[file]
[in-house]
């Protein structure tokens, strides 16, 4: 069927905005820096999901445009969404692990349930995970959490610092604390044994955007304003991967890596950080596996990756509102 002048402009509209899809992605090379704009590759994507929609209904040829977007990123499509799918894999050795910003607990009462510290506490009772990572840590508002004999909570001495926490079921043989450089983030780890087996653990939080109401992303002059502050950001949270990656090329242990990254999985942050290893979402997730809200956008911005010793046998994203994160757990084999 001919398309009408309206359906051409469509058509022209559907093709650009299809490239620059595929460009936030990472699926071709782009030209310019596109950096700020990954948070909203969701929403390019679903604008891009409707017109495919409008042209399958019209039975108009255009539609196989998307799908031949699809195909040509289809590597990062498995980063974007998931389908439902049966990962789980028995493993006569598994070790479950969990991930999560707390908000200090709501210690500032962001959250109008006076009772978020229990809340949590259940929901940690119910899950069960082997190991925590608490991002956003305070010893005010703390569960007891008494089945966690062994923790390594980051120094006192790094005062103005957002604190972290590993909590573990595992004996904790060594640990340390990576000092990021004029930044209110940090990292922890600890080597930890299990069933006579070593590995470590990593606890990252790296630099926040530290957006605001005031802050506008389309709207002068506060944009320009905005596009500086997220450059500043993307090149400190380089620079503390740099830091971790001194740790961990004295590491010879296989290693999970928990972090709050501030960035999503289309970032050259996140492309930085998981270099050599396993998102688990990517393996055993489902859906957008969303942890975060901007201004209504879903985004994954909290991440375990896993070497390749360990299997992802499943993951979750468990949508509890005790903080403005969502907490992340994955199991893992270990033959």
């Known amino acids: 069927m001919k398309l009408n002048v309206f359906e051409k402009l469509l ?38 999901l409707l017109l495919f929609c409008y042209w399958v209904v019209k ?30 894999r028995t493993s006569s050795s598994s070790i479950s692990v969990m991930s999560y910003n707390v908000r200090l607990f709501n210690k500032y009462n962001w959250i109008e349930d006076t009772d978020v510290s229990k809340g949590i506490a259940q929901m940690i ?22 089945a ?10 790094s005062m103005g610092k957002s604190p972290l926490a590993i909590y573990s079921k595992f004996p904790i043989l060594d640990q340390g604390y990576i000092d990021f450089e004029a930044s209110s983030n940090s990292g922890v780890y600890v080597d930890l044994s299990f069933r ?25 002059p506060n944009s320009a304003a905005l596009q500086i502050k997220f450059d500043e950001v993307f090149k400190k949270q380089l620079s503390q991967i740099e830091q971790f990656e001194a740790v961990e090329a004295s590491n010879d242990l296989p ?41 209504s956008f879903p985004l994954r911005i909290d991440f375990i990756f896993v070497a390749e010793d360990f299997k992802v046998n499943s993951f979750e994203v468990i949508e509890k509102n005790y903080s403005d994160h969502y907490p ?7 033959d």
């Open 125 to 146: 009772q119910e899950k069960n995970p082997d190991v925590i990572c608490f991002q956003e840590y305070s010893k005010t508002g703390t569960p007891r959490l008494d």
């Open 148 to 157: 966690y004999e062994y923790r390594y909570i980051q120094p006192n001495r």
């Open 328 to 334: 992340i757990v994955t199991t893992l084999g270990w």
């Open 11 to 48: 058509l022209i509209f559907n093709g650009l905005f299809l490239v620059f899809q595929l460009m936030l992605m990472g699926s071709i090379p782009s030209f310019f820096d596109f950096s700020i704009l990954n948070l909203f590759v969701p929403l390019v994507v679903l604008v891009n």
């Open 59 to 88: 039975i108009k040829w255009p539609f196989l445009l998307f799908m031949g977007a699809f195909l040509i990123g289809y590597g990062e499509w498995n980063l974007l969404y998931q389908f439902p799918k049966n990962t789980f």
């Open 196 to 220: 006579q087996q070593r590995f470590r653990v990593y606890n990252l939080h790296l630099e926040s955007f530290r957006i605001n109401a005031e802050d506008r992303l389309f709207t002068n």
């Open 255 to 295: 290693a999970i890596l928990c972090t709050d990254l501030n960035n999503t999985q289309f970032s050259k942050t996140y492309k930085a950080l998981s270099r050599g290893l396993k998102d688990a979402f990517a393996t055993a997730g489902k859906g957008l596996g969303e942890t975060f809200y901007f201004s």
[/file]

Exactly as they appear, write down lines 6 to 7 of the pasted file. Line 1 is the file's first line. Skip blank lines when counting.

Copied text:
């Open 328 to 334: 992340i757990v994955t199991t893992l084999g270990w």
């Open 11 to 48: 058509l022209i509209f559907n093709g650009l905005f299809l490239v620059f899809q595929l460009m936030l992605m990472g699926s071709i090379p782009s030209f310019f820096d596109f950096s700020i704009l990954n948070l909203f590759v969701p929403l390019v994507v679903l604008v891009n």